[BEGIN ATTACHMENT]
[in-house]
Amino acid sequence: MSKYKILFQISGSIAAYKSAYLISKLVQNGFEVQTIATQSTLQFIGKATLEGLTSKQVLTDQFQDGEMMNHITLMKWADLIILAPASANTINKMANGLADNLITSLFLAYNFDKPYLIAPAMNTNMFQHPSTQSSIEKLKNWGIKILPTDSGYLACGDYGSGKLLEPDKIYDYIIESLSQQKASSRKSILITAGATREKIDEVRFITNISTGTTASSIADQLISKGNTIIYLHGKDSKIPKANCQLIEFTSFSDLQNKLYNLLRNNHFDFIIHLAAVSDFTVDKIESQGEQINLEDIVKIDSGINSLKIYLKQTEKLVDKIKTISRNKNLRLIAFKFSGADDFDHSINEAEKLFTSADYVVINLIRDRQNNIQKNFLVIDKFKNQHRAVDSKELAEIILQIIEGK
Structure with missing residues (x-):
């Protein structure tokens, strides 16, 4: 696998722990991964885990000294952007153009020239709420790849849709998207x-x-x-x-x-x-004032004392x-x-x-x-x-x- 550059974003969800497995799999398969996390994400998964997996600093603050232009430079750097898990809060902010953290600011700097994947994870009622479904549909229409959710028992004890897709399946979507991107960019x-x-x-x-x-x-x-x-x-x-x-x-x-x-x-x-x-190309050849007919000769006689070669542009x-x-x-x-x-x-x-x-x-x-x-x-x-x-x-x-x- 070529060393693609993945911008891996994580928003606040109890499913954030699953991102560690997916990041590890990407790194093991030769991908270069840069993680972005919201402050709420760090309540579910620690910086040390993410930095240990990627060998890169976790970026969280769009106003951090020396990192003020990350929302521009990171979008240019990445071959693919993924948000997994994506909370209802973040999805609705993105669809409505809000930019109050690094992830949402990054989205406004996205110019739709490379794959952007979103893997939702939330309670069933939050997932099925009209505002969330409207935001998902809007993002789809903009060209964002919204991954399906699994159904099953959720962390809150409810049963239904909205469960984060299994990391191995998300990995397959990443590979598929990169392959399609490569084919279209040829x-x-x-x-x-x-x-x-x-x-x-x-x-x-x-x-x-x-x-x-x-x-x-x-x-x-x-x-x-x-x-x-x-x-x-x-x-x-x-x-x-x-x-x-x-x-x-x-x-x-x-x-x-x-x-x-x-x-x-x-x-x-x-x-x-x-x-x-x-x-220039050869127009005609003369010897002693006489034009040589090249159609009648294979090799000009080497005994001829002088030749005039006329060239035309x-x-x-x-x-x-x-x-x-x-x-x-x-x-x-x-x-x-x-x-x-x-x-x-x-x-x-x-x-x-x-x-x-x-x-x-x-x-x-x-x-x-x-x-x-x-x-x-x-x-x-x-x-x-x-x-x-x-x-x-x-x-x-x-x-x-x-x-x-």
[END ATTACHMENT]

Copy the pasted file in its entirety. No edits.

[in-house]
Amino acid sequence: MSKYKILFQISGSIAAYKSAYLISKLVQNGFEVQTIATQSTLQFIGKATLEGLTSKQVLTDQFQDGEMMNHITLMKWADLIILAPASANTINKMANGLADNLITSLFLAYNFDKPYLIAPAMNTNMFQHPSTQSSIEKLKNWGIKILPTDSGYLACGDYGSGKLLEPDKIYDYIIESLSQQKASSRKSILITAGATREKIDEVRFITNISTGTTASSIADQLISKGNTIIYLHGKDSKIPKANCQLIEFTSFSDLQNKLYNLLRNNHFDFIIHLAAVSDFTVDKIESQGEQINLEDIVKIDSGINSLKIYLKQTEKLVDKIKTISRNKNLRLIAFKFSGADDFDHSINEAEKLFTSADYVVINLIRDRQNNIQKNFLVIDKFKNQHRAVDSKELAEIILQIIEGK
Structure with missing residues (x-):
């Protein structure tokens, strides 16, 4: 696998722990991964885990000294952007153009020239709420790849849709998207x-x-x-x-x-x-004032004392x-x-x-x-x-x- 550059974003969800497995799999398969996390994400998964997996600093603050232009430079750097898990809060902010953290600011700097994947994870009622479904549909229409959710028992004890897709399946979507991107960019x-x-x-x-x-x-x-x-x-x-x-x-x-x-x-x-x-190309050849007919000769006689070669542009x-x-x-x-x-x-x-x-x-x-x-x-x-x-x-x-x- 070529060393693609993945911008891996994580928003606040109890499913954030699953991102560690997916990041590890990407790194093991030769991908270069840069993680972005919201402050709420760090309540579910620690910086040390993410930095240990990627060998890169976790970026969280769009106003951090020396990192003020990350929302521009990171979008240019990445071959693919993924948000997994994506909370209802973040999805609705993105669809409505809000930019109050690094992830949402990054989205406004996205110019739709490379794959952007979103893997939702939330309670069933939050997932099925009209505002969330409207935001998902809007993002789809903009060209964002919204991954399906699994159904099953959720962390809150409810049963239904909205469960984060299994990391191995998300990995397959990443590979598929990169392959399609490569084919279209040829x-x-x-x-x-x-x-x-x-x-x-x-x-x-x-x-x-x-x-x-x-x-x-x-x-x-x-x-x-x-x-x-x-x-x-x-x-x-x-x-x-x-x-x-x-x-x-x-x-x-x-x-x-x-x-x-x-x-x-x-x-x-x-x-x-x-x-x-x-x-220039050869127009005609003369010897002693006489034009040589090249159609009648294979090799000009080497005994001829002088030749005039006329060239035309x-x-x-x-x-x-x-x-x-x-x-x-x-x-x-x-x-x-x-x-x-x-x-x-x-x-x-x-x-x-x-x-x-x-x-x-x-x-x-x-x-x-x-x-x-x-x-x-x-x-x-x-x-x-x-x-x-x-x-x-x-x-x-x-x-x-x-x-x-």